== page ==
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Installing The Power Supply And Motherboard

Best Of Tom’s Hardware: How To Build A PC
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Preparing The Case

Most cases support a range of motherboard sizes, each with a few different mounting points. These points are meant to connect a layer of the motherboard called the "ground plane" to the case's mounting tray, reducing signal crosstalk due to radio frequency interference (RFI). Thus, the mounting points are usually grounded.

Misaligned mounting points could contact a "hot" trace on the motherboard's back side, so case manufacturers usually make them removable via metal spacers called "standoffs". It's important to observe the motherboard's mounting hole positions and place a standoff in each corresponding tray location. A mistake made here could potentially damage the board, but the most likely result of an improperly-placed standoff is a system that simply refuses to power on. Arrows in the photo below illustrate the matching mounting points where standoffs were placed.

Most motherboards use a custom port arrangement and include a customized rectangular cover plate that snaps into a standardized rectangular hole on the case. Cases typically include an old-fashion standard plate that must be snapped out before inserting the new, custom replacement.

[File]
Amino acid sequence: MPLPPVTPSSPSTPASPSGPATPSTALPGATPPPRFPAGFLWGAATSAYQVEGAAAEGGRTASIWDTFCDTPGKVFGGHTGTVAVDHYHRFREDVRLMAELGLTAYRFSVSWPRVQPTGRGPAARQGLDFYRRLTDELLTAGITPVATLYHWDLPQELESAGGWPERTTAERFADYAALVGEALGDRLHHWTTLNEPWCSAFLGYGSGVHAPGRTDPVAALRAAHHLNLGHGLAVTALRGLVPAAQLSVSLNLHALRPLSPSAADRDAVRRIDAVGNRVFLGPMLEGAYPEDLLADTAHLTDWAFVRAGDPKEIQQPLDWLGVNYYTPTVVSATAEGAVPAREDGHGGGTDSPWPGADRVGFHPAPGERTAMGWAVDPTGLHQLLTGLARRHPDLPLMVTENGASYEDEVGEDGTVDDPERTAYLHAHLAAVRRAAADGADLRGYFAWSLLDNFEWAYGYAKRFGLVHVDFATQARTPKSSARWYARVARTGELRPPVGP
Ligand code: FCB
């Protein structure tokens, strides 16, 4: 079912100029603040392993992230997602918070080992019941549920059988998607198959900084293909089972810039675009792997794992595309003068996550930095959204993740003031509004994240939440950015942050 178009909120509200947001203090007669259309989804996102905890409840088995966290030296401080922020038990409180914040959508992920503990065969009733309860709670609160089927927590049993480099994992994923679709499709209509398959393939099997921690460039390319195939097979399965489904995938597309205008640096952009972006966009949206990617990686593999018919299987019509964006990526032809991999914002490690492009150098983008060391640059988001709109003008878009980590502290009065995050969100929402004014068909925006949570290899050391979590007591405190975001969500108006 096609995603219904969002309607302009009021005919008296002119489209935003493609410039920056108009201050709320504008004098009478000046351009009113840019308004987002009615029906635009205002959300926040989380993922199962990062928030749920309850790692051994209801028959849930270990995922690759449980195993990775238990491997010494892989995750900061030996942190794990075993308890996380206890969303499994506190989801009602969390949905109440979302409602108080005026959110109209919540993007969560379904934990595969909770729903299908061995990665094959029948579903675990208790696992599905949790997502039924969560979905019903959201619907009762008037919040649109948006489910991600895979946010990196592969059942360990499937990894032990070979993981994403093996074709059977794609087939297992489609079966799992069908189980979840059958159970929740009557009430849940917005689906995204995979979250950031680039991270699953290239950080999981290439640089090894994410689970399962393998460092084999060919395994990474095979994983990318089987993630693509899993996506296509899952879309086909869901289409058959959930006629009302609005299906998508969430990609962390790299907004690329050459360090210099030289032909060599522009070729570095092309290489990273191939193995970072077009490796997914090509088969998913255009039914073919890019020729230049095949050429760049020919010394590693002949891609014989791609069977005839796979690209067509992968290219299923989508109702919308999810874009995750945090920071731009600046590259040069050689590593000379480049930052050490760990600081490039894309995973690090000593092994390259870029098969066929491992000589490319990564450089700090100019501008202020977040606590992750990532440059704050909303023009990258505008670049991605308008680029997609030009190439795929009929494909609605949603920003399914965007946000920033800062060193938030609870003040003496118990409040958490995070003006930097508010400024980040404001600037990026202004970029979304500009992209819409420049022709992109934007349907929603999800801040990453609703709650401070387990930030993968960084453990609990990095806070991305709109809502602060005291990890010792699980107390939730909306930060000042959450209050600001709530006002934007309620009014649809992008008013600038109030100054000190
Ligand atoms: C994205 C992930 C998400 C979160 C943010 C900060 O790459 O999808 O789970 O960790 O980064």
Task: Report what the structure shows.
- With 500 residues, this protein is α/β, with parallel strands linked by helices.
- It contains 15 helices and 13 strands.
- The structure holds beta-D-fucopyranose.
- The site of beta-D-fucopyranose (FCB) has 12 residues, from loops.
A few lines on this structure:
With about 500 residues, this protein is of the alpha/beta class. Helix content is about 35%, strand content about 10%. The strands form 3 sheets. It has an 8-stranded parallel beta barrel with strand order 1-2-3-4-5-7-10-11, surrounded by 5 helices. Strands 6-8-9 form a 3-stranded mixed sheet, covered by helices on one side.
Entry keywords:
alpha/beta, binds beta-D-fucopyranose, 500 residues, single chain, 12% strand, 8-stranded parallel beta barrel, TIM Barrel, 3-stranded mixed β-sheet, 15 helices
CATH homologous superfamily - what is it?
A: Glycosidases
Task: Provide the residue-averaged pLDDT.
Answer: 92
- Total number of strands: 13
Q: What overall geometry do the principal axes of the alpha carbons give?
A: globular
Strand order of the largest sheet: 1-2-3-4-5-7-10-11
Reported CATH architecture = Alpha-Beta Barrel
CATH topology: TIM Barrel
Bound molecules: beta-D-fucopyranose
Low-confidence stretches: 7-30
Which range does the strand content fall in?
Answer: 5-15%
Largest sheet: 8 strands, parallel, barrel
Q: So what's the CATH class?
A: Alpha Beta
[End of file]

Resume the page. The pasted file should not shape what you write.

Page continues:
Note that the upper tabs hang down because the cover plate usually arrives in a semi-flattened state. These need to be bent approximately ninety-degrees from the surface to prevent them from blocking nearby ports during motherboard installation. The left tab in the photo below has been bent to the proper orientation.

Recheck standoff positions before inserting the motherboard at a slight port-first angle, aligning ports with cover plate holes while guiding the motherboard until it rests flat against the standoffs. Grounding tabs on the port covers will typically push the motherboard out of position by approximately half the hole's width, but the board should be easy to push into place. Align one hole perfectly with the standoff and affix a screw, then push the board into alignment for a second hole before tightening the second screw. The first two screws should prevent the board from twisting out of position while installing the remaining screws.

The power supply is usually easiest to install prior to motherboard installation. It's typically held in place with four coarsely-threaded screws.

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